The Fresh Loaf

News & Information for Amateur Bakers and Artisan Bread Enthusiasts

Pain Météore

smarkley's picture
smarkley

Pain Météore

 

Pain Météore

I was really inspired by Tim's Meteorite bread.. and decided to try one myself, this weekend.

 

Here is Tim's blog post, if you have not seen it.

http://www.thefreshloaf.com/node/19450/9310-it-meteorite-or-cow-pattie

The original inspiration came from Farine..  

http://www.farine-mc.com/2010/07/meteorite.html

 

Tim's bread looks great, I don't think mine came out looking as good... I wanted to make sure that I had a great dark color so modified the recipe *liberally* by adding coffee and molassas.

 

Once I had the goopy mess out of the fridge and divided it into two... I got a little scared it would spread so much that it would not fit on the baking stone! So I put one of the loaves in a dutchoven. The other loaf was done on the baking stone. Also, I wanted a cratered look to it... so in the spirit of the whole project, we picked a few small rocks from the garden, washed and sterilzed them. Then pushed the rocks(well oiled) down into the dough while it was proofing, and took the rocks out before baking,  since I did not want explosions in the oven. Deciding we wanted a little variation in color, I sprinked a little flour over the surface.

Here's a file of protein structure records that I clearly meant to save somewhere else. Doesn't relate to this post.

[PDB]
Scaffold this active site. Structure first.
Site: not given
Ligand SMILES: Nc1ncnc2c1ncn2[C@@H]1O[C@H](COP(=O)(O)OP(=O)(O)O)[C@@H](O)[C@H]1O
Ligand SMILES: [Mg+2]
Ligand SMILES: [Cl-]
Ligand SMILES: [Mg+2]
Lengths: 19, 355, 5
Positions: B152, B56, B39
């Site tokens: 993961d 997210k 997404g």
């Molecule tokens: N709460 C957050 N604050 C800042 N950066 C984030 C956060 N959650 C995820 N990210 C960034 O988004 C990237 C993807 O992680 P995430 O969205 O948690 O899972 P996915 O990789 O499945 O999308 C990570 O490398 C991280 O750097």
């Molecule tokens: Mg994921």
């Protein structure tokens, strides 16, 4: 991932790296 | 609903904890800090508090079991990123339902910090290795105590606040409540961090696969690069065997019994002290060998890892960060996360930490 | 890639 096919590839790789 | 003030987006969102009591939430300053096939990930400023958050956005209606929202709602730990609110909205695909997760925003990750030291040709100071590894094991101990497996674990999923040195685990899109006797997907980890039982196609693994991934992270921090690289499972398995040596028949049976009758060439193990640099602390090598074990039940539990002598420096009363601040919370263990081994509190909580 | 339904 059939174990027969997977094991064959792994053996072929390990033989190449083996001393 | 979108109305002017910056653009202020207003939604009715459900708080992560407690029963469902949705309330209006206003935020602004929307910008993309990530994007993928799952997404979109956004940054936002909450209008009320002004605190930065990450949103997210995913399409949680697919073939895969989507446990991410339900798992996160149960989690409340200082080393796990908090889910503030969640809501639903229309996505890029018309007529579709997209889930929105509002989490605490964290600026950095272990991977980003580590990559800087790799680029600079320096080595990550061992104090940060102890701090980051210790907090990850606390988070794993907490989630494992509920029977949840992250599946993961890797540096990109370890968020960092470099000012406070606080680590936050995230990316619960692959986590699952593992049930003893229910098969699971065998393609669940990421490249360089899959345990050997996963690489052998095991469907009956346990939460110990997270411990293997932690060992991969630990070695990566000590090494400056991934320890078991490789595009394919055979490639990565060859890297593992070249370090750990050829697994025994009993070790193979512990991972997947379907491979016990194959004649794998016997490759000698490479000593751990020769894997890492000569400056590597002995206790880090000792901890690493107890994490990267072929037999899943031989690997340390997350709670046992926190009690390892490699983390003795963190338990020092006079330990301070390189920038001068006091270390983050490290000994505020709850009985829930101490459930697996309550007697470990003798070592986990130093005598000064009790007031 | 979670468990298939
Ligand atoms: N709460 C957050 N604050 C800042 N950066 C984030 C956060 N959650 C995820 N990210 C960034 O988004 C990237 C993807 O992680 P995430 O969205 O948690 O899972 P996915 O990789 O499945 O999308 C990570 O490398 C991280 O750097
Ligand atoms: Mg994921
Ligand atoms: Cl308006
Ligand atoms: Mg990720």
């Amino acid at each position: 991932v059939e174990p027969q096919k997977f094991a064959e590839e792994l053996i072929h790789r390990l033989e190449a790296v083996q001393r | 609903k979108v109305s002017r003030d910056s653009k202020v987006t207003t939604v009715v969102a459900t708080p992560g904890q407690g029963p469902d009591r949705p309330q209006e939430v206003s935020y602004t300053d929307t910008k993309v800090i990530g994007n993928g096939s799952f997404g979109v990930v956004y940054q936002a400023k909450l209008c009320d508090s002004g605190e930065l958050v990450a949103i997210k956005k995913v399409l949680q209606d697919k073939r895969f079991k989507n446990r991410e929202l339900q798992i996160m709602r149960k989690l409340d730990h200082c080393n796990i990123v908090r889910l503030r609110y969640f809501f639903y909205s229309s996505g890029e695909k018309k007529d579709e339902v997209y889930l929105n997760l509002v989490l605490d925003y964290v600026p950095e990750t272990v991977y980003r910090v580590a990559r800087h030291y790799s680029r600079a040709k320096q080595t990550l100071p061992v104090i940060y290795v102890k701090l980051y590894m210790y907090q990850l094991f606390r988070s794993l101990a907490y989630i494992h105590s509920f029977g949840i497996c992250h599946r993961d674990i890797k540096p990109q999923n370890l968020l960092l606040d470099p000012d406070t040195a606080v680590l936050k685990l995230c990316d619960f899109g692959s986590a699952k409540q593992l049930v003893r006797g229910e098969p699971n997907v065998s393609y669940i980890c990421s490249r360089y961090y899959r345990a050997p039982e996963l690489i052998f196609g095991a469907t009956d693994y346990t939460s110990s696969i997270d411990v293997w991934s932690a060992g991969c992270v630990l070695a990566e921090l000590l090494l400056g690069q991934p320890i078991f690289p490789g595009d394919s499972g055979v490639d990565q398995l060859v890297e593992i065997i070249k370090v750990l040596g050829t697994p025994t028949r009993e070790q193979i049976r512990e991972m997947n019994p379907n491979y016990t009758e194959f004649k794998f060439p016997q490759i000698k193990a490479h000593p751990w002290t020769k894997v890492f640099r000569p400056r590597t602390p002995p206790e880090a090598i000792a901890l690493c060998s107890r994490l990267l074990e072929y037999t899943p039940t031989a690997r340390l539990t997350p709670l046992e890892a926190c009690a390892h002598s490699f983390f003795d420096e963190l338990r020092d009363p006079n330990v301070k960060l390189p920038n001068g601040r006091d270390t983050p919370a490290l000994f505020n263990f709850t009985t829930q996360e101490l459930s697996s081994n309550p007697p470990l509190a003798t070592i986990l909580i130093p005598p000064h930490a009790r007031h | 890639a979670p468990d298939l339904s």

As you can see from the pics, it came out plenty dark.. and has a great semi-sweet old fashioned flavor. I was totally ready for this bread to taste terrible and had a nice surprise. Note: my wife and I were giggling about making this bread the whole time, we worked on it. And since the recipe was modified so much, we  decided to name it -- Pain Météore

 

Here is the highly modified recipe:

 

300 grams   King Arthur AP flour

300 grams  Stone-Buhr  WW flour

120 grams  Sour Dough   100% hydration

300 grams  Water

300 grams  Coffee (cold)

1/4 cup - 75grams  Molasses un-sulphered

8 grams Yeast        Active Dry

12 grams Salt        Sea Salt

 

Method

 

1. Mix all ingredients

2. Stretch and Fold 4 times over the next 1.5 hours

3. Chill overnight

4. Divide loaves in two

5. Placed rocks in the dough

6. Let proof for an hour 

7. Pull the rocks out

8. Bake.. 500 degrees for 40 minutes.

 

What a goopy mess!

 

Putting some rocks in the dough, what was I thinking???

 

Ready to Bake

 

The Finished Loaf

 

The second loaf... baked on a stone

 

The crumb shot

 

Have fun, if you decide to try this... and make sure you take the rocks out before baking! 

 

Steve


Oh... and I promised my wife and daughter I would do more serious baking tomorrow!